In this article, Dai Jinhua problematizes the notion of the future in our current age of global capitalism. Her central question is “do we still have a future?” She connects the proliferation of end-of-the-world imagination in world cinema with an underlying sense of crisis that has spread across the world since the end of the Cold War. The end of the world in filmic representations, she observes, has evolved from being caused by manmade disasters to being the result of natural events, reflecting a shared inability to deal with the crisis of capitalism. Another prominent global issue that is manifested in recent science-fiction movies is the growing gap between the rich and the poor. Dai pays particular attention to the role of technology, which increases the polarization rather than promising a better future for all. Recognizing that a solution cannot be found within the current system, Dai calls for a renewed utopian imagination to bring humankind into the future.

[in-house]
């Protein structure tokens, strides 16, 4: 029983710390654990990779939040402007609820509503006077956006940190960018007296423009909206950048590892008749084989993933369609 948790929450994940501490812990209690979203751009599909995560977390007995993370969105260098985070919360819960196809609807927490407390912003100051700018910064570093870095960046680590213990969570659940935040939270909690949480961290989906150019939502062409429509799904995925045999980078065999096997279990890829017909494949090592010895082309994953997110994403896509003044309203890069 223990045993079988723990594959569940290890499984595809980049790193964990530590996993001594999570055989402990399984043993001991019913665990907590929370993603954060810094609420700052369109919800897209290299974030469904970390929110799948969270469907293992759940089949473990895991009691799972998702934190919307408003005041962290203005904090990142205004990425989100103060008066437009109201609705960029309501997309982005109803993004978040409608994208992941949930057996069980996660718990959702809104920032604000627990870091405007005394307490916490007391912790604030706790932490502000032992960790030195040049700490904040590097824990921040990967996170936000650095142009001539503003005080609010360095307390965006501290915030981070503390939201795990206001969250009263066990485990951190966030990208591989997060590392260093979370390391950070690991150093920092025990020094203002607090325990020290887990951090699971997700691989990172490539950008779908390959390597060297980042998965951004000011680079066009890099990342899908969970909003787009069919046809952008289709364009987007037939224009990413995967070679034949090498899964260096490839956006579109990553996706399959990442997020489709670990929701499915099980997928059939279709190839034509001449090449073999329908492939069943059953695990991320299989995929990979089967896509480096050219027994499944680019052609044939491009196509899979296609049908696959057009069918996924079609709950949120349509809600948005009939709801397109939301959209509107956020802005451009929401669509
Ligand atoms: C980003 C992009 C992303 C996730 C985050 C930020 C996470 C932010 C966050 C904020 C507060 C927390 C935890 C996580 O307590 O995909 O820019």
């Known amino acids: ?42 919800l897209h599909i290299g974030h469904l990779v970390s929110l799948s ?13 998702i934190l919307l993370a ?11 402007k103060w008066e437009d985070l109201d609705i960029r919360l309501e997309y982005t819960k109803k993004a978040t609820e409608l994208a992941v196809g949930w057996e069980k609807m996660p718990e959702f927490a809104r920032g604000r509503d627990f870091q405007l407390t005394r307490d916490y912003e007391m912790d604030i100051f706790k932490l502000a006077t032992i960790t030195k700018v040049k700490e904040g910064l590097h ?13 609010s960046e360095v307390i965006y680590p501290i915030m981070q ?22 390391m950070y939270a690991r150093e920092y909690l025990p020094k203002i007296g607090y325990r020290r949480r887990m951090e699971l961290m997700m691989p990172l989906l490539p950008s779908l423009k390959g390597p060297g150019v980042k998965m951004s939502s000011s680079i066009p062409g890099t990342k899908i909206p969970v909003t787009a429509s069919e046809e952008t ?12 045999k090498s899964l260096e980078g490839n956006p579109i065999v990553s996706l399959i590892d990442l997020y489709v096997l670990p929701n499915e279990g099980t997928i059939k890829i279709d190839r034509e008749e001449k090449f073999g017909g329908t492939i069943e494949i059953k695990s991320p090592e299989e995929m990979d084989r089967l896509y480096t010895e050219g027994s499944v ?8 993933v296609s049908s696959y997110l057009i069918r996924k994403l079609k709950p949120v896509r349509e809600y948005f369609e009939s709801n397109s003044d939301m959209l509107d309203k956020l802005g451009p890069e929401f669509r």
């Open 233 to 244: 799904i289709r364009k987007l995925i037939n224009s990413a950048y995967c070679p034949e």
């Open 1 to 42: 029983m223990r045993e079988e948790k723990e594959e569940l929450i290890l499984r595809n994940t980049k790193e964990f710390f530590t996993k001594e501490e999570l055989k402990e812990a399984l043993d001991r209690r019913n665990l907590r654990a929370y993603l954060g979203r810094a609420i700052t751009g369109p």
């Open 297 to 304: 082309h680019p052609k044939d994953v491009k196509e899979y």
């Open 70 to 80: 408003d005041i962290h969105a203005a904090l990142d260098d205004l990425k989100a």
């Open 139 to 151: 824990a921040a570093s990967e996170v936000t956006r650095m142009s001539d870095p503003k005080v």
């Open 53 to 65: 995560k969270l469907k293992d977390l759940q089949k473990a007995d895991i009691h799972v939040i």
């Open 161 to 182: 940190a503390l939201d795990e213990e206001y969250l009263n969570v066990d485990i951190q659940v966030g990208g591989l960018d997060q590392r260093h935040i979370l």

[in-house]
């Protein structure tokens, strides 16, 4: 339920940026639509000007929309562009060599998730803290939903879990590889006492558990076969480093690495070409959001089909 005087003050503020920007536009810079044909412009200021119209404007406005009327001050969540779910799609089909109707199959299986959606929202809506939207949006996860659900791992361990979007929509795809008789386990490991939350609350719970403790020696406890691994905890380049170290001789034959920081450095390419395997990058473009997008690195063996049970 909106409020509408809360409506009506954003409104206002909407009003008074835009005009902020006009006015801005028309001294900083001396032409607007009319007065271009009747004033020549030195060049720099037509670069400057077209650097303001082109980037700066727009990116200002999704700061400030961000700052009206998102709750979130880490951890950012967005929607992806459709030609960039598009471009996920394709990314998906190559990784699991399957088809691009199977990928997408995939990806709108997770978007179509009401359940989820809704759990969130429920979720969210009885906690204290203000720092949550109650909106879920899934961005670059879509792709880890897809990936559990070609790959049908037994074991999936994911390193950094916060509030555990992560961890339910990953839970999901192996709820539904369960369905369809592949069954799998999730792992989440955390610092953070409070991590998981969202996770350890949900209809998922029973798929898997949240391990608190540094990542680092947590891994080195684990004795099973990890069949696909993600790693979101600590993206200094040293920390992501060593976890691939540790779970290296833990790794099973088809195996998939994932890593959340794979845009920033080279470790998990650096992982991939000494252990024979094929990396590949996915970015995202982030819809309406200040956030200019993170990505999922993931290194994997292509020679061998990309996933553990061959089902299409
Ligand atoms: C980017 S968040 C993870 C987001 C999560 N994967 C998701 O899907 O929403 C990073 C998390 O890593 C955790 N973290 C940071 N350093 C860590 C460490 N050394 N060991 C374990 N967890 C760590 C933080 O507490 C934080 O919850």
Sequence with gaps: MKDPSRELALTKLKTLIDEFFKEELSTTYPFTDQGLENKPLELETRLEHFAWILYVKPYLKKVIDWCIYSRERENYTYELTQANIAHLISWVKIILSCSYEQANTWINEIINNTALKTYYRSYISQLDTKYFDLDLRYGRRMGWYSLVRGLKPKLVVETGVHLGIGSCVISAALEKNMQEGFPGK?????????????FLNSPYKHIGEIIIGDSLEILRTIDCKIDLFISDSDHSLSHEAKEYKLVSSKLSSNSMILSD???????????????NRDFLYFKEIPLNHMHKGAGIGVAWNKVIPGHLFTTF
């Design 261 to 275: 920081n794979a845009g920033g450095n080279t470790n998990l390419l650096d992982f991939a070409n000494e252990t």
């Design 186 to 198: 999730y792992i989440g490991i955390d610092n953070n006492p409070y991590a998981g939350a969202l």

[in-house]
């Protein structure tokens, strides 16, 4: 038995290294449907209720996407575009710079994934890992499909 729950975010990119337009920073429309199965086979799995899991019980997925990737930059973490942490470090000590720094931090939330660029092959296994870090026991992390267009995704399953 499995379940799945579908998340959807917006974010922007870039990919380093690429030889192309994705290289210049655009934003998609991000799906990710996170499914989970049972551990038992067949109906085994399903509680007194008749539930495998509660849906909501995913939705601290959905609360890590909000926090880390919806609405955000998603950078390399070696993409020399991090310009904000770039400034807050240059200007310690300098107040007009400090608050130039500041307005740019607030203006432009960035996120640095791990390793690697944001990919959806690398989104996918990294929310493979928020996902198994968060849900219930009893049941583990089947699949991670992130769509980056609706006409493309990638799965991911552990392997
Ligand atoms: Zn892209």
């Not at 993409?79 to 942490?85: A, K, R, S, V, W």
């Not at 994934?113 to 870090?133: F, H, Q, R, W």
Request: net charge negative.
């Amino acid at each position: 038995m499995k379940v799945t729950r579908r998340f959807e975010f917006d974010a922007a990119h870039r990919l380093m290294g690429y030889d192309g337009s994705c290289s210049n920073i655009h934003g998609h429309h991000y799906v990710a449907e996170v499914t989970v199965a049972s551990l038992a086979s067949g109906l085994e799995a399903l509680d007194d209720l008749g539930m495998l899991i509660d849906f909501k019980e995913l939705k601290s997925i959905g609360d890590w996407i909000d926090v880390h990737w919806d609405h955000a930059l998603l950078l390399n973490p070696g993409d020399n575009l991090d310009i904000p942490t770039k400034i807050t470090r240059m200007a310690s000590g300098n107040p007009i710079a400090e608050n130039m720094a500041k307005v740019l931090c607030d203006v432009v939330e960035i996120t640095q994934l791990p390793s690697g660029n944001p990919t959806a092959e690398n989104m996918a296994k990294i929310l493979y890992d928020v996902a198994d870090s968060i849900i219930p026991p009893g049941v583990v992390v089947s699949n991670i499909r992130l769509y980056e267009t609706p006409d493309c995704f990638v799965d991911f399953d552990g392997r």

What does the Future Mean?
As we walk deeper into the twenty-first century, the future—as a destination that has been set aside and that has almost entirely evaporated—has suddenly become real and urgent to me as a point of reference and a matter of debate.
However, speaking of the future is not speaking about time: although time appears as a natural, physical dimension, it is more of a conceptual “fact” of the human intelligence. Time in the “Chinese temporality” with which we are becoming gradually unfamiliar concerns natural cycles: the sun rises and sets; one sows in the spring and then harvests in the autumn. It is a monistic cycle, with dynasties succeeding one another and sea changing into mulberry field. Buddhism arrived later and introduced the notion of reincarnation, the coming and going of life and world. Of course, what we are more familiar with and what we have internalized is the Christian time: a directional time that has a beginning and an end. Paradise, paradise lost, and paradise regained. It gave rise to the so-called modern time—capitalist or modernist—that emphasizes progress, developmentalism, the self-improvement of humanity, and the infinite rise of human society. It is also known as linear time, in which the future is imminent and inevitable.Read More… about The Dimensions of the Future